Cyprus Mail
Cyprus

67.9% of Cyprus population in household owning own home

In the EU in 2019, 70 per cent of the population lived in a household owning their home, while the remaining 30 per cent lived in rented housing. The highest shares of ownership were observed in Romania (96 per cent of the population owned their home), Hungary (92 per cent) and Slovakia (91 per cent).

In all Member States, owning is most common. However, in Germany, renting is almost equal with 49 per cent of the population being tenants. Austria (45 per cent) and Denmark (39 %) follow.

In Cyprus, this rate is 67.9 per cent vs 32.1 per cent and in Greece 75.4 per cent vs 24.6 per cent.

Living in a house or a flat also differs among the Member States, and also varies depending on whether you live in a city or the countryside. In the EU in 2019, 53 per cent of the population lived in a house, while 46 per cent lived in a flat (1 per cent lived in other accommodation, such as houseboats, vans etc.). Ireland (92 per cent) recorded the highest share of the population living in a house, followed by Croatia and Belgium (both 78 per cent) and the Netherlands (75 per cent). It should be noted that this includes terraced houses. In Cyprus 72.1 per cent lives in houses and 24.6 per cent in apartments.

Houses are most common in two thirds of the Member States. The highest shares for flats were observed in Latvia (66 per cent), Spain (65 per cent), Estonia (61 per cent) and Greece (59 per cent vs 40.7 per cent in houses).

In cities, 72 per cent of the EU population lived in a flat and 28 per cent in a house. For towns and suburbs, the proportions were 58 per cent and 42 per cent respectively, while for rural areas, 82 per cent of the population lived in a house and only 18 per cent in a flat.

Looking at the trend of house prices between 2010 and 2019, there has been a steady upwards trend since 2013 with particularly large increases between 2015 and 2019. In total there was an increase of 19 per cent between 2010 and 2019. There were increases in 23 Member States and decreases in three (data for Greece not available) over this period. The largest increases were observed in Estonia (+96 per cent), Hungary (+82 per cent), Latvia (+75 per cent), Luxembourg and Austria (both +65 per cent), while decreases were registered in Italy (-17 %), Spain (-7 per cent) and Cyprus (-4 per cent).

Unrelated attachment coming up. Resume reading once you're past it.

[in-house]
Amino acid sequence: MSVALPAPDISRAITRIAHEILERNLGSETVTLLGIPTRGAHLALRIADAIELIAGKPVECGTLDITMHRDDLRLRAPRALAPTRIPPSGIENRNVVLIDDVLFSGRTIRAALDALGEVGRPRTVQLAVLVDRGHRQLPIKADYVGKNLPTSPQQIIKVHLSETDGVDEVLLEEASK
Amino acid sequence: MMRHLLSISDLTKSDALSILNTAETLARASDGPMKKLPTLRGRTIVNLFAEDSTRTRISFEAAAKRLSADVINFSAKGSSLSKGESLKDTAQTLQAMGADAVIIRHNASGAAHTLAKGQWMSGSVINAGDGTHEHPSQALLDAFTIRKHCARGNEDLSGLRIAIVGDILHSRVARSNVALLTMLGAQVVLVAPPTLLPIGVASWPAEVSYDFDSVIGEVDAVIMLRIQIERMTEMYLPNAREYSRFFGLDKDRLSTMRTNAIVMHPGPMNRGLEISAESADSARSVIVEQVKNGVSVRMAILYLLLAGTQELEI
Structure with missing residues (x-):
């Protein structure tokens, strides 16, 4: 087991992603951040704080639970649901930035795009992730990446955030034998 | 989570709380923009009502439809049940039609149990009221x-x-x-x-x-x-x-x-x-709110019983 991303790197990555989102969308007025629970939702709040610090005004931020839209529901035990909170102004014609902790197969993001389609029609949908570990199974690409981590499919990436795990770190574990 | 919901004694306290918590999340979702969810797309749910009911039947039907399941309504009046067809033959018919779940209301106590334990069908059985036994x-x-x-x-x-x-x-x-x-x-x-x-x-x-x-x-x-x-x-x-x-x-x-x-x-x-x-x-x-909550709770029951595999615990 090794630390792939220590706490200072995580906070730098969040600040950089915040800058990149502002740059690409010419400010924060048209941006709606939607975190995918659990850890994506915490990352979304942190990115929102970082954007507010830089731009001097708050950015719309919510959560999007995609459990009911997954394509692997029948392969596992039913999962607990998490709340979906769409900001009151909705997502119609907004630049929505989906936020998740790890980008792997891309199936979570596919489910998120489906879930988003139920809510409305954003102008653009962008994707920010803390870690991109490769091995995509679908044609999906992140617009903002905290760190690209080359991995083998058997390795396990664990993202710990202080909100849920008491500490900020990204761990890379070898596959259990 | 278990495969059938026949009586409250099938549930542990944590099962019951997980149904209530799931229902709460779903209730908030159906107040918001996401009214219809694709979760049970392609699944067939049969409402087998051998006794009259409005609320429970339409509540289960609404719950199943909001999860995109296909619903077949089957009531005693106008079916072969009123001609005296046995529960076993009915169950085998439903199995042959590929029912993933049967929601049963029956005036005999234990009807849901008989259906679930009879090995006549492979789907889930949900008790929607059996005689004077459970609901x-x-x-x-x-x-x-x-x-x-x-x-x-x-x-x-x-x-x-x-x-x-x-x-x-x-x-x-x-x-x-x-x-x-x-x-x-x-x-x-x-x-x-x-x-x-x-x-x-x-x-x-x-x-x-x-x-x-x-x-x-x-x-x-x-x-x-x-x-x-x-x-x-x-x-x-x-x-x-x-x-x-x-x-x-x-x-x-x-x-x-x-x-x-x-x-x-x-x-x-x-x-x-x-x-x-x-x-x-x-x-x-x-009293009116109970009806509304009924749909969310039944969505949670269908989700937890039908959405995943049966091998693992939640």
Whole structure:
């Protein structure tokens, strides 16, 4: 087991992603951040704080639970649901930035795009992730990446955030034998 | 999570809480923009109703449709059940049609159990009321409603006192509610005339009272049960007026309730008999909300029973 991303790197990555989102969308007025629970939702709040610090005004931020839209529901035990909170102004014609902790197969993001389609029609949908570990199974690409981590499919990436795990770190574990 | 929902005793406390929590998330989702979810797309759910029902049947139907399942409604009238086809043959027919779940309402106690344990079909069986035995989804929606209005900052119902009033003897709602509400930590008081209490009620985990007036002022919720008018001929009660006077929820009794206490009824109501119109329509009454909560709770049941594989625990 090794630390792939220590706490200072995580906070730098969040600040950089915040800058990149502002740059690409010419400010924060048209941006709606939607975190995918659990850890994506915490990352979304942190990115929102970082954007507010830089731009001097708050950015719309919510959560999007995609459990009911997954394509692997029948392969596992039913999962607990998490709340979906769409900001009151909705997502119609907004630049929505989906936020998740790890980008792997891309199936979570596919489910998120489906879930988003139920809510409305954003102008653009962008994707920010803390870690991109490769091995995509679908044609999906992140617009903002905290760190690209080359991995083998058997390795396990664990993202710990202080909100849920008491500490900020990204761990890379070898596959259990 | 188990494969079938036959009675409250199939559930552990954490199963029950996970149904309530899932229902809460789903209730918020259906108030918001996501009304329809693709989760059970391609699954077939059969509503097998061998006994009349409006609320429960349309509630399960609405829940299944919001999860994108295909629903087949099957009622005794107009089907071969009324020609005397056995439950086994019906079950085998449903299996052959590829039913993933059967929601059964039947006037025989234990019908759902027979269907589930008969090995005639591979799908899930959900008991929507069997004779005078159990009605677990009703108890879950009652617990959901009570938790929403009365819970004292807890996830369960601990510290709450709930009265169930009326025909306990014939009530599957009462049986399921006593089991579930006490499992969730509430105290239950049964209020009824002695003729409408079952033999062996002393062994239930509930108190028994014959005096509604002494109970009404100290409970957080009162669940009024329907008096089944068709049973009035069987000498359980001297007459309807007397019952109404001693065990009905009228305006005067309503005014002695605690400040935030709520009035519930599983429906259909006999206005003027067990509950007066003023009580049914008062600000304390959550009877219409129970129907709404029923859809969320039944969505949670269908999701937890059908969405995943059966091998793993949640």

There has been a steady increase of rents in the EU between 2010 and 2019 – in total 13 per cent during the whole period. There was an increase in 25 Member States and a decrease in two. The largest increases were registered in Estonia (+156 per cent), Lithuania (+101 per cent) and Ireland (+63 per cent), while decreases were observed in Greece (-25 per cent) and Cyprus (-7 per cent).

Looking at the evolution between 2010 and 2019, house price levels compared to the EU average have increased in 17 Member States and decreased in 10. The largest increases were observed in Ireland (from 17 per cent above to 77 per cent above the EU average), Slovakia (from 44 per cent below to 23 per cent below) and the Netherlands (from 22 per cent above to 37 per cent above), and the largest decreases in Greece (from 8 per cent below to 35 per cent below the EU average) and Cyprus (from 8 per cent below to 25 per cent below).

 

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